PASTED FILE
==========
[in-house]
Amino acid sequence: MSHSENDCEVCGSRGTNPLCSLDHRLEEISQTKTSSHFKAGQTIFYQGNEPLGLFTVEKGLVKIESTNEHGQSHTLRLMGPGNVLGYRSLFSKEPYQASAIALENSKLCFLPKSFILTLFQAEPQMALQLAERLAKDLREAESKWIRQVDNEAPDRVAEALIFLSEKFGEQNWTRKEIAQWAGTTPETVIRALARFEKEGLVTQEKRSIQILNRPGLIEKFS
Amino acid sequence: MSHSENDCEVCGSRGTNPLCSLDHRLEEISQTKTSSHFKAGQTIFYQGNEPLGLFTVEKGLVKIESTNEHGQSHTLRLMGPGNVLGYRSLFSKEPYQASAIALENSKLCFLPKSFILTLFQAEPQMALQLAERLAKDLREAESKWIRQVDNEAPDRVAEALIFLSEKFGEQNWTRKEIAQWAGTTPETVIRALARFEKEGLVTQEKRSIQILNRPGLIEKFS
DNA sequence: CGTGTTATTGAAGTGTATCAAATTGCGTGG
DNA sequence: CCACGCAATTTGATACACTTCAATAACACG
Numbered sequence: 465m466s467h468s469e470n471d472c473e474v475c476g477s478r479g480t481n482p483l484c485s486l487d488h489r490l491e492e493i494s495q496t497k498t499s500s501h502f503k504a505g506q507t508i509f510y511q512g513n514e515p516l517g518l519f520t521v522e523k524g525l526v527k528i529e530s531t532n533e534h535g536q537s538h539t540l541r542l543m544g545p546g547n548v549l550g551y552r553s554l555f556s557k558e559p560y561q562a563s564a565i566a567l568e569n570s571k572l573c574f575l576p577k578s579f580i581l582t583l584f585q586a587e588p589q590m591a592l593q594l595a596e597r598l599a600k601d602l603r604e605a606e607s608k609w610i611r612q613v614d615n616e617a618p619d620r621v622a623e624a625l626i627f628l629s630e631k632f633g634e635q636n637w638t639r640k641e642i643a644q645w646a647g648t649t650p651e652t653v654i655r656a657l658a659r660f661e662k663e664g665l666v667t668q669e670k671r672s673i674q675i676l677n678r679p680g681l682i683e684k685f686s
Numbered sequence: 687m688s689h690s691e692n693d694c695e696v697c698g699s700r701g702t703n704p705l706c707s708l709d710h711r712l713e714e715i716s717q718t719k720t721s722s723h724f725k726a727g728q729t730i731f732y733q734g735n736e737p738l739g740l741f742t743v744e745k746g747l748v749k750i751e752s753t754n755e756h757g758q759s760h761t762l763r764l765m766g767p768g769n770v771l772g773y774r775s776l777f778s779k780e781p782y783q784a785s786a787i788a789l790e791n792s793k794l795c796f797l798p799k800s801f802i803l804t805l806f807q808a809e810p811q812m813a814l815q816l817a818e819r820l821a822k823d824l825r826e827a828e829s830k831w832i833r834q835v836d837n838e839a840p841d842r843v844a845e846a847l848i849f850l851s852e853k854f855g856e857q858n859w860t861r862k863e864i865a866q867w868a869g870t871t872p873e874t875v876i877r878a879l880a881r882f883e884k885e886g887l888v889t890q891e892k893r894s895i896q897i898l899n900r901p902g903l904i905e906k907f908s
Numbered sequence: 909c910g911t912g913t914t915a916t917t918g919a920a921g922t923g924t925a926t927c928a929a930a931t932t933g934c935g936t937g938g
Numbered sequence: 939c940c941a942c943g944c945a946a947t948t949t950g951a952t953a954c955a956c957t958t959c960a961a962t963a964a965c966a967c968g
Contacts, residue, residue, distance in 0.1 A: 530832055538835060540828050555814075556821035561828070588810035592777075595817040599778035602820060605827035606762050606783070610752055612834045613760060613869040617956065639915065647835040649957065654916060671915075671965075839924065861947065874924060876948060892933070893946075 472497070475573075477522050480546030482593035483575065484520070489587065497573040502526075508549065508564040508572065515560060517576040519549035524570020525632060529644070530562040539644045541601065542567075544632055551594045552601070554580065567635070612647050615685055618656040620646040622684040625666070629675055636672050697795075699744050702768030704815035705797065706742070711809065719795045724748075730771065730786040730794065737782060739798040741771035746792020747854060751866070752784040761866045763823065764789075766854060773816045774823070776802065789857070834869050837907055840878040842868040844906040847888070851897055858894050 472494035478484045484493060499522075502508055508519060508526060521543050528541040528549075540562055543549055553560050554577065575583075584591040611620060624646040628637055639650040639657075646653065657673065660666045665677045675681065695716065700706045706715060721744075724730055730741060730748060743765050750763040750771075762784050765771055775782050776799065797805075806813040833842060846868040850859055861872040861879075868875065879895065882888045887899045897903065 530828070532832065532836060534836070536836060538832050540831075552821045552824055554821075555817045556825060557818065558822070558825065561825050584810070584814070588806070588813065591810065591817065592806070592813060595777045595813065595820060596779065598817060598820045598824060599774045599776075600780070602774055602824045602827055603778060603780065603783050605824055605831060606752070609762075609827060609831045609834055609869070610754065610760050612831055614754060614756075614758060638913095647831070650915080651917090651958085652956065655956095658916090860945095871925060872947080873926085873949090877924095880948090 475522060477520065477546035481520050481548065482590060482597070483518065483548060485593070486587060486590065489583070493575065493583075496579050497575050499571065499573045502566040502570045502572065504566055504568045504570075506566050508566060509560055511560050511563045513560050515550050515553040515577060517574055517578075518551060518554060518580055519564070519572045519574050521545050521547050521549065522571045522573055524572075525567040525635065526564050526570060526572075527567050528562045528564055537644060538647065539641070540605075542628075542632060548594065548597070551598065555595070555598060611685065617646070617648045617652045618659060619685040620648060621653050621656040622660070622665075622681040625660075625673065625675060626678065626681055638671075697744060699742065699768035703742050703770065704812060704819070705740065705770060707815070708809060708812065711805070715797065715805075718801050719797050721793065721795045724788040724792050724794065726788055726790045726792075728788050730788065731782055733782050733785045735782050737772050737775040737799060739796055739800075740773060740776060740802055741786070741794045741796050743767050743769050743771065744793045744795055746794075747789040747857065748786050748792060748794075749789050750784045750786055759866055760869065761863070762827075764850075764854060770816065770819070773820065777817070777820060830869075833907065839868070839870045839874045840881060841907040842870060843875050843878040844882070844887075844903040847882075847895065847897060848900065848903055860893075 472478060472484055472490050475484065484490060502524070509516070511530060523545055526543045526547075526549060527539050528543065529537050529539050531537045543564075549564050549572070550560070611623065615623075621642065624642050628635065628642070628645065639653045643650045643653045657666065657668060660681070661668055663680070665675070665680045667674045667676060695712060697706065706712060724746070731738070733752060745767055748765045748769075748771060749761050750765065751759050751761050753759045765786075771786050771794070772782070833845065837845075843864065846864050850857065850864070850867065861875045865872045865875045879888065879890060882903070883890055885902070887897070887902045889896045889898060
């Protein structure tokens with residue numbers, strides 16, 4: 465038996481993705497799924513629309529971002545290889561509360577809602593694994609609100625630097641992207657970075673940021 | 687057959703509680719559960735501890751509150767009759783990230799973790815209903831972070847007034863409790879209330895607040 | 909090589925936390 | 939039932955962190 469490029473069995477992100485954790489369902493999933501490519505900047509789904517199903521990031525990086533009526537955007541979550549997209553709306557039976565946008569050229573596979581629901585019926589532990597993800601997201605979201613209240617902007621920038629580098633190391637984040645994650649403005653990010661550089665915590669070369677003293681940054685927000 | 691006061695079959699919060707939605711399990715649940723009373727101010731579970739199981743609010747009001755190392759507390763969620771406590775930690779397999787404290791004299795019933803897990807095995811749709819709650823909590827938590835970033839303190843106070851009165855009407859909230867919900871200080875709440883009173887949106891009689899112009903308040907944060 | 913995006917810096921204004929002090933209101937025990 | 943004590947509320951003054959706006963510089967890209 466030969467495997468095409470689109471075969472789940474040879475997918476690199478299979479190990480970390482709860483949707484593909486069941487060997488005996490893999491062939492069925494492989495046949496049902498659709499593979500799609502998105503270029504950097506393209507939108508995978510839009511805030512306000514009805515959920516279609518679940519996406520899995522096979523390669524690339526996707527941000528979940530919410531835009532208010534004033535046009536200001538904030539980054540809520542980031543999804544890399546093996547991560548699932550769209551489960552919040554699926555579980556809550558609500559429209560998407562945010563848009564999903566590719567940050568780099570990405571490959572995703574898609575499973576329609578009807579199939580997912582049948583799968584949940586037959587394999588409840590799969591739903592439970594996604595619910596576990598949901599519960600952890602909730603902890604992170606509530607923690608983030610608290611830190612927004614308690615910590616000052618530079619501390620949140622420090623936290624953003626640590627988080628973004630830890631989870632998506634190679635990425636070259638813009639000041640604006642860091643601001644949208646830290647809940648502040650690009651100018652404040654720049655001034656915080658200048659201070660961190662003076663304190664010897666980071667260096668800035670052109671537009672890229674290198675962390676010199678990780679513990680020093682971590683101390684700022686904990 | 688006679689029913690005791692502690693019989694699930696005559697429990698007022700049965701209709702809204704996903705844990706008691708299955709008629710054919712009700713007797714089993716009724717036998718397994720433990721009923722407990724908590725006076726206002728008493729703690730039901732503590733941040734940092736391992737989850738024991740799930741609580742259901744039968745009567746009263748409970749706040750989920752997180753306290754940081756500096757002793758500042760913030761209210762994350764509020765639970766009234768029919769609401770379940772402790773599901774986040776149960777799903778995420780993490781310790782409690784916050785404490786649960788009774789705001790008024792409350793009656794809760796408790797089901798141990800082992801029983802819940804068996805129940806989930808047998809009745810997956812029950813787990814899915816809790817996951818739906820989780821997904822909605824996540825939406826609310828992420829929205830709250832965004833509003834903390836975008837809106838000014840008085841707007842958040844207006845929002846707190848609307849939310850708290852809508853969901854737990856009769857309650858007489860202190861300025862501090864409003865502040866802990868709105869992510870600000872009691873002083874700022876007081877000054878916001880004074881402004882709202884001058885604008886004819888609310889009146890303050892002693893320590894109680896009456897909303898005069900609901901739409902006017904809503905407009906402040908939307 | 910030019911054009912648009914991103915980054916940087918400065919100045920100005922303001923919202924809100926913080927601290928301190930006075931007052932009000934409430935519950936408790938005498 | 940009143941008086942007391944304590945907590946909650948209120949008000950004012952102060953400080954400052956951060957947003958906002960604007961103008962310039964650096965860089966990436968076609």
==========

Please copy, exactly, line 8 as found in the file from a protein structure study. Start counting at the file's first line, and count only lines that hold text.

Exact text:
Numbered sequence: 909c910g911t912g913t914t915a916t917t918g919a920a921g922t923g924t925a926t927c928a929a930a931t932t933g934c935g936t937g938g